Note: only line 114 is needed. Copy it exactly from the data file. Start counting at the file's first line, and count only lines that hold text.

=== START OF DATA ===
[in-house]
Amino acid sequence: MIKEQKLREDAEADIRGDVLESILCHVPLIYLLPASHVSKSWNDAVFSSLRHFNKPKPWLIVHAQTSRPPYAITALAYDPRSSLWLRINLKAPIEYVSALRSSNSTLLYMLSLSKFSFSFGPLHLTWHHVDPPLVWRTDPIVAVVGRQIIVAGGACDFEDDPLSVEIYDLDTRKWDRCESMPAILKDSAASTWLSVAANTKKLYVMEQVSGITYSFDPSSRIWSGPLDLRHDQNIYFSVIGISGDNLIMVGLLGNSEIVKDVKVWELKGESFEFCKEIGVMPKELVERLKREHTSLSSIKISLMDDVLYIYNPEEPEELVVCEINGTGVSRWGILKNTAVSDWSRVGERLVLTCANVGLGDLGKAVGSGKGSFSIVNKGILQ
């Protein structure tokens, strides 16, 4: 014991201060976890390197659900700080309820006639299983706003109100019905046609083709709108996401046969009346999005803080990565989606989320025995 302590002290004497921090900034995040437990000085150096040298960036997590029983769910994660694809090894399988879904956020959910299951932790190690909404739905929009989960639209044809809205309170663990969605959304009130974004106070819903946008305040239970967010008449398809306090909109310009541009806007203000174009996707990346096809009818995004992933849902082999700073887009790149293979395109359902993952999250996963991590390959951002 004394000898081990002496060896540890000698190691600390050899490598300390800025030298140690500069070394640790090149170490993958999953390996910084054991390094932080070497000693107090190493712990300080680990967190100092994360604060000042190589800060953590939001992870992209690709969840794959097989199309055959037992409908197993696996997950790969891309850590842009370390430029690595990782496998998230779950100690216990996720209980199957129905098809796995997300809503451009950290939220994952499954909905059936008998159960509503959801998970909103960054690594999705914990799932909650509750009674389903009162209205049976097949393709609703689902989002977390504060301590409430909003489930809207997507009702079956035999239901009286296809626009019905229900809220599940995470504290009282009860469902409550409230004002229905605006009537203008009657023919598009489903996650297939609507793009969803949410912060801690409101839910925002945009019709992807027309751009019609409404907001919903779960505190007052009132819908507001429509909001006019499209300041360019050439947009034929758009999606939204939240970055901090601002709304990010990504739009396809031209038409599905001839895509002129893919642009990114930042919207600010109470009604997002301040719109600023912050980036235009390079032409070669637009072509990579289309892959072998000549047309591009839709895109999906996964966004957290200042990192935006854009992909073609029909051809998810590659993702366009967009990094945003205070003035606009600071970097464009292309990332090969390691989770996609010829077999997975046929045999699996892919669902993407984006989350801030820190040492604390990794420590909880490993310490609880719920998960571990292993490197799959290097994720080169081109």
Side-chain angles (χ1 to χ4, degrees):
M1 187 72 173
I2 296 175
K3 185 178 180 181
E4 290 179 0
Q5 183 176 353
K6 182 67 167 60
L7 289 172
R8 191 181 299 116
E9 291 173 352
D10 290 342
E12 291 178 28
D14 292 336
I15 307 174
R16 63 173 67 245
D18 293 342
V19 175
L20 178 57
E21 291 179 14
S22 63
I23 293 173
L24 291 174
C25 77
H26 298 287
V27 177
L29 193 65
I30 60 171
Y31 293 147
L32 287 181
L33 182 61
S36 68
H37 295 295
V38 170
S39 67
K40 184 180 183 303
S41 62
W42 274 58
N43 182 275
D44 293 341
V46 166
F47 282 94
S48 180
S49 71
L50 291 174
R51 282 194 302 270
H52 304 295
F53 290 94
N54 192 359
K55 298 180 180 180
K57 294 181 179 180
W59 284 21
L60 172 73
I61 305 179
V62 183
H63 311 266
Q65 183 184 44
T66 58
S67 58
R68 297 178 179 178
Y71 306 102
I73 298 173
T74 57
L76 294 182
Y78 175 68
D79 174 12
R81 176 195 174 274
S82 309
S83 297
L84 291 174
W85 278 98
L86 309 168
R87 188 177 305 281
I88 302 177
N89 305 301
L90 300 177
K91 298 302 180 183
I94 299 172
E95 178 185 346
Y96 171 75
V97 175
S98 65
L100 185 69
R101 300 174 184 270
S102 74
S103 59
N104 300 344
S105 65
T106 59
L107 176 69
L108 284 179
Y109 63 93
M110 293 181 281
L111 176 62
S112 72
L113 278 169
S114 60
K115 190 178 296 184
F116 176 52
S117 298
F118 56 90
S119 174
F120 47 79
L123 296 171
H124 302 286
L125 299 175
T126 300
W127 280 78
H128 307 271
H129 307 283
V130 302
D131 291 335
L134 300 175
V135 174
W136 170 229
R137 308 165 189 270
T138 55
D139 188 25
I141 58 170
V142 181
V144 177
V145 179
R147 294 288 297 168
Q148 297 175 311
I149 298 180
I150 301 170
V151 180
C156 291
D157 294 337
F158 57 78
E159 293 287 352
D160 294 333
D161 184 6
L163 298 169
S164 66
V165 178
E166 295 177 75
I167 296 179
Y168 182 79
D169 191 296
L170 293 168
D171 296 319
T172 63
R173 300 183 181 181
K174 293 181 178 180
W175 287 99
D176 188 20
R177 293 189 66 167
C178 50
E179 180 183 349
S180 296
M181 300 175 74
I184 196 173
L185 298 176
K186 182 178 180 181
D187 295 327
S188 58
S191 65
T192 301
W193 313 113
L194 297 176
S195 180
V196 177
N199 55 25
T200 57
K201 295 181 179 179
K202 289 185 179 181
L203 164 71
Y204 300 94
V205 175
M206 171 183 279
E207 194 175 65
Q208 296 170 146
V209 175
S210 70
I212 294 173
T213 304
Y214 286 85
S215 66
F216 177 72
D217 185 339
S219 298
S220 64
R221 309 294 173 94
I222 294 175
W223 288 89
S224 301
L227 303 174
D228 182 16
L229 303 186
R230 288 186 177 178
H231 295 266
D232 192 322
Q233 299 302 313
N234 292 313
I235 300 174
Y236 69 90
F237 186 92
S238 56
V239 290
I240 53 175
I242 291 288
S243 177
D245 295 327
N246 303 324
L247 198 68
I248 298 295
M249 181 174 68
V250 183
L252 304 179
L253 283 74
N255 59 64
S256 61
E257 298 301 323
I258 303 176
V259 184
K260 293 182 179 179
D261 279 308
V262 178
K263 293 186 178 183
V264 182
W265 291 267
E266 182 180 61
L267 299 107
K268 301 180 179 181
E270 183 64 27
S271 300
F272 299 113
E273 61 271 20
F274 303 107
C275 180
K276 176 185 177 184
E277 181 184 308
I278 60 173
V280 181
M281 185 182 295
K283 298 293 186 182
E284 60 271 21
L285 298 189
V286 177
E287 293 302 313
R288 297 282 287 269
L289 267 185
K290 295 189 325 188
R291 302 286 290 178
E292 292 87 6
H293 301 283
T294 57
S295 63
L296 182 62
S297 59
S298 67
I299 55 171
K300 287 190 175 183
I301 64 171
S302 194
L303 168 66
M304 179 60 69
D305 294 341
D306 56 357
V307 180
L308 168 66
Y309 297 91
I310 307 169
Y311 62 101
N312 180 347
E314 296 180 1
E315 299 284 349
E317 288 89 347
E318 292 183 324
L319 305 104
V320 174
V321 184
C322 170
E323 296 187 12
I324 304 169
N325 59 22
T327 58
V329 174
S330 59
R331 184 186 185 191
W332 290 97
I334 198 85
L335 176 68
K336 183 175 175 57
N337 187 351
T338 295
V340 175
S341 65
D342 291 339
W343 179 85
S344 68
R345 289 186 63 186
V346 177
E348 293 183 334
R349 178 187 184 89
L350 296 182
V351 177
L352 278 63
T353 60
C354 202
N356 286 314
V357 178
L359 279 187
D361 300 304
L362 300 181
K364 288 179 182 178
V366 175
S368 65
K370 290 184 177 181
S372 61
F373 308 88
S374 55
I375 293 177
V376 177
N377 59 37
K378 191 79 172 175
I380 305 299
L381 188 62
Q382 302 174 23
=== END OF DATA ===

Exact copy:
D131 291 335